Jonathan Simmons, 27, who was driving with a suspended license, surrendered to authorities a little over two weeks later. He accepted a plea deal and was sentenced to 15-to-30 months in state prison.
Having written the family an unconvincing apology letter from behind bars – “I understand I was wrong and immature when it came down to being a responsible citizen” – Simmons had his freedom after two years.
Meanwhile, the loss of her son has consumed Sharon’s life to the point of problems holding down jobs, seeing vehicles repossessed and facing foreclosure.
“I thought life was tough before,” she said.
Her mission to get sidewalks installed along the roadway where her son lost his life – one that had a property owner leave a nasty note on the memorial unsuccessfully ordering that it be removed – is among the few things that keep her going.
“I needed to do something to make myself feel better, to make all this OK in my head,” she said of transitioning into her Sidewalks Are For Everyone (SAFE) effort four months later. Of her mental standing, she noted that, “I’m there, but I’m not really there.”
She contacted state Sen. Robert Tomlinson and state Rep. Tina Davis early on for guidance, and bombarded officials in both Bristol and Middletown townships with “I need your help” calls and emails.
Despite a response from a Middletown Township official, who wrote, “I feel that it’s my duty to inform you that construction of a sidewalk on New Falls Road would not be an easy or fast fight,” her efforts brought about a “request for traffic study of New Falls Road” via PennDOT.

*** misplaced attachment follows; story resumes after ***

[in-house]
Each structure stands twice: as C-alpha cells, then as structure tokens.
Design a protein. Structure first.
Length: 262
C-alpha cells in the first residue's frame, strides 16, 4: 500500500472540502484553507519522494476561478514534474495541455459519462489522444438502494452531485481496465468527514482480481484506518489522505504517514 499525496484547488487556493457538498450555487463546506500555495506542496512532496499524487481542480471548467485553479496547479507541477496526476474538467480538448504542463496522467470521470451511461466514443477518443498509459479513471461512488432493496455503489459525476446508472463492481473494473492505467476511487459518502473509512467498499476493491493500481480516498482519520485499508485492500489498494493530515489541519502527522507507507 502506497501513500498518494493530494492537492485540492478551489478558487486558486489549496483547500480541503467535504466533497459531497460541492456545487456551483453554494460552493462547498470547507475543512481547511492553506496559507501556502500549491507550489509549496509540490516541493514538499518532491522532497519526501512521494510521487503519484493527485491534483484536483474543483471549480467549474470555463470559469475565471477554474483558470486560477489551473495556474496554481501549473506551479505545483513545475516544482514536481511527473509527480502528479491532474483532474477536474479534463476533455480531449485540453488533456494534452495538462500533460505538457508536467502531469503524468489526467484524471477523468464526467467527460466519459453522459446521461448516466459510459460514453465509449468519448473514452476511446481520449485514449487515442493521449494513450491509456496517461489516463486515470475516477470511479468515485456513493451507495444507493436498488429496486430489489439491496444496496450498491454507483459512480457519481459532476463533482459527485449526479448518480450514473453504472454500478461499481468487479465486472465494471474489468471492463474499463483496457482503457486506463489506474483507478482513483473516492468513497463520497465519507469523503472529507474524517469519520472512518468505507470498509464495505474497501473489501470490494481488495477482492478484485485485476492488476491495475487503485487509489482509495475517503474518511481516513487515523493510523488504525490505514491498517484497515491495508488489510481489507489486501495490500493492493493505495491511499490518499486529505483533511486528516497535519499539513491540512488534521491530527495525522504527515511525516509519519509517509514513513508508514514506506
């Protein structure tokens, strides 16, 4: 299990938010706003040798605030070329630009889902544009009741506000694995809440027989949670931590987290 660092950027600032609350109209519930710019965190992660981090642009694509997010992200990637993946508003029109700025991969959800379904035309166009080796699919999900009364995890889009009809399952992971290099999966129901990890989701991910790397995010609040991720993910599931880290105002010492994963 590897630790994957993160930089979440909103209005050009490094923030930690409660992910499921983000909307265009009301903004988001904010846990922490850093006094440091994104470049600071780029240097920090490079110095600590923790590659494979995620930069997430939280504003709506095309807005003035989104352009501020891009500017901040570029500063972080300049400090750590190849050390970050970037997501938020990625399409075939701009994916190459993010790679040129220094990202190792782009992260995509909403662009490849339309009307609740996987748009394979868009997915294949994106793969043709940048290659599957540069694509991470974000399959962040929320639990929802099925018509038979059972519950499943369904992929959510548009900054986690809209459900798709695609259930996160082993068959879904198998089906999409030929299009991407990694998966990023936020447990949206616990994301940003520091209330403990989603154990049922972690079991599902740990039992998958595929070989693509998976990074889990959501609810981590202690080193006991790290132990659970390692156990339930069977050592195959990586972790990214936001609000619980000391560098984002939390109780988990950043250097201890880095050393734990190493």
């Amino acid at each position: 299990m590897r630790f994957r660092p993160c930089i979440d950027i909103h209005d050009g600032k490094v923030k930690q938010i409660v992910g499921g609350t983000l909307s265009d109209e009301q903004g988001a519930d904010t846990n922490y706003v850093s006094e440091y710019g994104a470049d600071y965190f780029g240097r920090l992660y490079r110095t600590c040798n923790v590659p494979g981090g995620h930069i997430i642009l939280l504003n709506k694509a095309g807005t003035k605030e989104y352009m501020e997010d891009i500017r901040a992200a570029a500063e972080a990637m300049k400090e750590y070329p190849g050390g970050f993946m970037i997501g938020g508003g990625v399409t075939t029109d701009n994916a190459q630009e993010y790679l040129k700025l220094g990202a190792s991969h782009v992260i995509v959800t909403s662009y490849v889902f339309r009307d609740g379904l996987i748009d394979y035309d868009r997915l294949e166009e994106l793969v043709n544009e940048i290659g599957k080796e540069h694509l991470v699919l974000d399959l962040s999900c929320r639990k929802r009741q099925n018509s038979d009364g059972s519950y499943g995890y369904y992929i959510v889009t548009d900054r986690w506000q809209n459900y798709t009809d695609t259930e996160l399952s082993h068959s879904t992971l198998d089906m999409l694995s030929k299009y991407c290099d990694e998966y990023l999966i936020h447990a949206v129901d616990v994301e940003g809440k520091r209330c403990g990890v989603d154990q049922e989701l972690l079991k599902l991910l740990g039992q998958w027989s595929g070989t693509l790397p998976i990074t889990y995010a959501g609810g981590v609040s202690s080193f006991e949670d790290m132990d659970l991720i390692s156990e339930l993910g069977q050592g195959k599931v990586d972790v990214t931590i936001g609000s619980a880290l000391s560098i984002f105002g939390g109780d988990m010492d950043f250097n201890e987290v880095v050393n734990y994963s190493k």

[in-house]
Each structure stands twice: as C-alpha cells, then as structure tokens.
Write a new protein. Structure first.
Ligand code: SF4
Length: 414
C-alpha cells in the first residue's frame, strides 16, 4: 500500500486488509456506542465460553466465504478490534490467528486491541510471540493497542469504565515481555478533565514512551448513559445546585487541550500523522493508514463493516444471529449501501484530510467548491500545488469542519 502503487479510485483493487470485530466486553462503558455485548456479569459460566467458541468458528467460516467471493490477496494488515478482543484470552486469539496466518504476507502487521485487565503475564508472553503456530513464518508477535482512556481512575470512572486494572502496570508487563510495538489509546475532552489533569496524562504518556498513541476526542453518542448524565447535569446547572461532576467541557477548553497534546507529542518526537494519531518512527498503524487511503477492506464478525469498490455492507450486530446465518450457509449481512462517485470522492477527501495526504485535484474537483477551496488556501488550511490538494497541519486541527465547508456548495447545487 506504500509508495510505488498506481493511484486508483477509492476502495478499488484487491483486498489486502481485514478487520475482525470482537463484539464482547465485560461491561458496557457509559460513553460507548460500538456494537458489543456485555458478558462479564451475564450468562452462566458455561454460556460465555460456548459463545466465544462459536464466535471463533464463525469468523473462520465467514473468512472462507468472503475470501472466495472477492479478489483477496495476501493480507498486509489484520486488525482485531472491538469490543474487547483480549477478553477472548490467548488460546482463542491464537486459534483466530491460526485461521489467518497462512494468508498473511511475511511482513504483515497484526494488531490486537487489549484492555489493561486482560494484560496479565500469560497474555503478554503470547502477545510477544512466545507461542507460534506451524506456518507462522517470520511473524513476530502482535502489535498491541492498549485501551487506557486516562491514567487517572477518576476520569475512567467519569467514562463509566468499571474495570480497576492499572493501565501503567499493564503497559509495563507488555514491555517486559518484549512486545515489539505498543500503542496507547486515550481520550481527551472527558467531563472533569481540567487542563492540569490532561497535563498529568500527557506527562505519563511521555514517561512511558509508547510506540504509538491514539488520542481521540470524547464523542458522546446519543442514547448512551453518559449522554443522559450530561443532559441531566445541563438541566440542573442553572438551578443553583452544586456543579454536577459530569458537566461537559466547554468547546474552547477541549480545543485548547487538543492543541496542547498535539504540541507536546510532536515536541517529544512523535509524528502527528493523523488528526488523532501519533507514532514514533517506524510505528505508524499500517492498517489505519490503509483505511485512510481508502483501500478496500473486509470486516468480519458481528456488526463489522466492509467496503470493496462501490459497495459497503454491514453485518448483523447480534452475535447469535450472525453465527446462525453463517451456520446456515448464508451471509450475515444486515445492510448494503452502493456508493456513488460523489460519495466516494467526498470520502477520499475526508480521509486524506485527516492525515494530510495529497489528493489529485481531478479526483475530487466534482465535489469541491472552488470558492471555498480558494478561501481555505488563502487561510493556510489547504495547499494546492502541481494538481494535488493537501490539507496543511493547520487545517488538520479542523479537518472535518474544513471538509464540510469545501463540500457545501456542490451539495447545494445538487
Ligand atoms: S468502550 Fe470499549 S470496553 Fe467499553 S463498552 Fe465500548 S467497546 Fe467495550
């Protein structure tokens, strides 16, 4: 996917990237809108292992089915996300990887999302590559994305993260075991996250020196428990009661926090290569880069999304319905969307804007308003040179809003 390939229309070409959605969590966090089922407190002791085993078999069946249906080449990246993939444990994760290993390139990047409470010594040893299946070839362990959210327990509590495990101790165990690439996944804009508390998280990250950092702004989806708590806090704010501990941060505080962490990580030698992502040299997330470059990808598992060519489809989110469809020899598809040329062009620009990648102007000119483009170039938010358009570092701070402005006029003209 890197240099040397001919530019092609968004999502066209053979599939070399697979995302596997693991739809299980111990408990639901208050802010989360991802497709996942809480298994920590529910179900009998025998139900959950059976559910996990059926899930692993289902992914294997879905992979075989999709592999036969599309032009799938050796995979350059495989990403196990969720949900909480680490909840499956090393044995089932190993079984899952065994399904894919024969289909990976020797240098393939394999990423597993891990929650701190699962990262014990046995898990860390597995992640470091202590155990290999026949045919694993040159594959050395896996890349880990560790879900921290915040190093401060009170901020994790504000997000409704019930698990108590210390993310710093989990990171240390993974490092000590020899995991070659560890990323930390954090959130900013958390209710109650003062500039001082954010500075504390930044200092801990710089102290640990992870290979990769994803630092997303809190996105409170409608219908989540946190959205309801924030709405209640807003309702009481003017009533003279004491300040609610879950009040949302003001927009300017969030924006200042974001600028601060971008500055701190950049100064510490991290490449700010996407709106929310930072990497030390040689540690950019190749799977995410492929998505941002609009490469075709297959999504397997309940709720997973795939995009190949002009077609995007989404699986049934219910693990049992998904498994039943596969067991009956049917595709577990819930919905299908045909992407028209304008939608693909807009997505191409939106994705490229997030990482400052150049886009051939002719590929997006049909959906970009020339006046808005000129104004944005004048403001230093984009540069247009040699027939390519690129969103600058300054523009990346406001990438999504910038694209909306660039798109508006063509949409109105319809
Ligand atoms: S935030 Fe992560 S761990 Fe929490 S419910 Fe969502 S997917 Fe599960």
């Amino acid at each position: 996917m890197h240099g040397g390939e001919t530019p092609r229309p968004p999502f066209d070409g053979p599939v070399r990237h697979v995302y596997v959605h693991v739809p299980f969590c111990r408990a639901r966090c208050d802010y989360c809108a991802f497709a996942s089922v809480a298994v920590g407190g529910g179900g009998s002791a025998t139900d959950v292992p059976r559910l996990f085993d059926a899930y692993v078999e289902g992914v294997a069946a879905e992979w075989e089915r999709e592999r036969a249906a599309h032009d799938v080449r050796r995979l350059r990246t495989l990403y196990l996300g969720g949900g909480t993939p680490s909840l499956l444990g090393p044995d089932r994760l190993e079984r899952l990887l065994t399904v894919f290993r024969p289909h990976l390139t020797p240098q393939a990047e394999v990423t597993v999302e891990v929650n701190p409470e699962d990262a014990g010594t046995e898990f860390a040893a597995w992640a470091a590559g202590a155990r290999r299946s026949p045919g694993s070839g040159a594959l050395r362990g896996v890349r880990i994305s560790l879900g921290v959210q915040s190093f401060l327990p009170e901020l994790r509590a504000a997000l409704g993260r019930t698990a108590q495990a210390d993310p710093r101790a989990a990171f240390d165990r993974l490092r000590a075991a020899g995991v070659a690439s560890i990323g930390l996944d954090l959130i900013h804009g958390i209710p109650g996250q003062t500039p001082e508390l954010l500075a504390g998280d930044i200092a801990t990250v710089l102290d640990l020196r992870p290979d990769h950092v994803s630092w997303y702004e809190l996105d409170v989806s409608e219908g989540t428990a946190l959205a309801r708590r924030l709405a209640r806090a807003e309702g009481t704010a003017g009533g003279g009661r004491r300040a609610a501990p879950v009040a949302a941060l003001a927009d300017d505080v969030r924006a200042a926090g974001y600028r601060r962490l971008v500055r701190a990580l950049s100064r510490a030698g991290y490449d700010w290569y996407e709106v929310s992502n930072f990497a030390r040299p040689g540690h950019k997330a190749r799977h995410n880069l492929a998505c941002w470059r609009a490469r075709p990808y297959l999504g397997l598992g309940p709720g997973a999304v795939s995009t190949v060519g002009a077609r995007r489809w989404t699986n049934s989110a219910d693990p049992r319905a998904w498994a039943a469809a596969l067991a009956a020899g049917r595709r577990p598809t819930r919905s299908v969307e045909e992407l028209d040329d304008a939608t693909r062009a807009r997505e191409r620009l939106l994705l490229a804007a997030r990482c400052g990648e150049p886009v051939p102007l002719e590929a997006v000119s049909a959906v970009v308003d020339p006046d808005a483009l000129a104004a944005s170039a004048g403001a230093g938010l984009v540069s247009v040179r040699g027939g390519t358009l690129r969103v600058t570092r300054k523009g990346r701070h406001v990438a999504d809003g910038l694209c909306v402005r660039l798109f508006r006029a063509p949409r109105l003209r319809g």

Seeing triple-digit signatures within a day of posting a Change.org petition, SAFE moved on to holding fundraisers, awareness events and nonprofit-organization meetings.
“Whether that guy did one day [in prison] or did life doesn’t bring my son back. Whether they put sidewalks in or don’t, for me, isn’t going to bring my son back. But, it may save the next person. – Sharon Rearick
There were delays which left the family wondering whether they could ever accomplish their goals.
“You get to the point where you’re, like, ‘What am I doing?’ You’re making yourself crazy,” she said. “I was crying all the time.”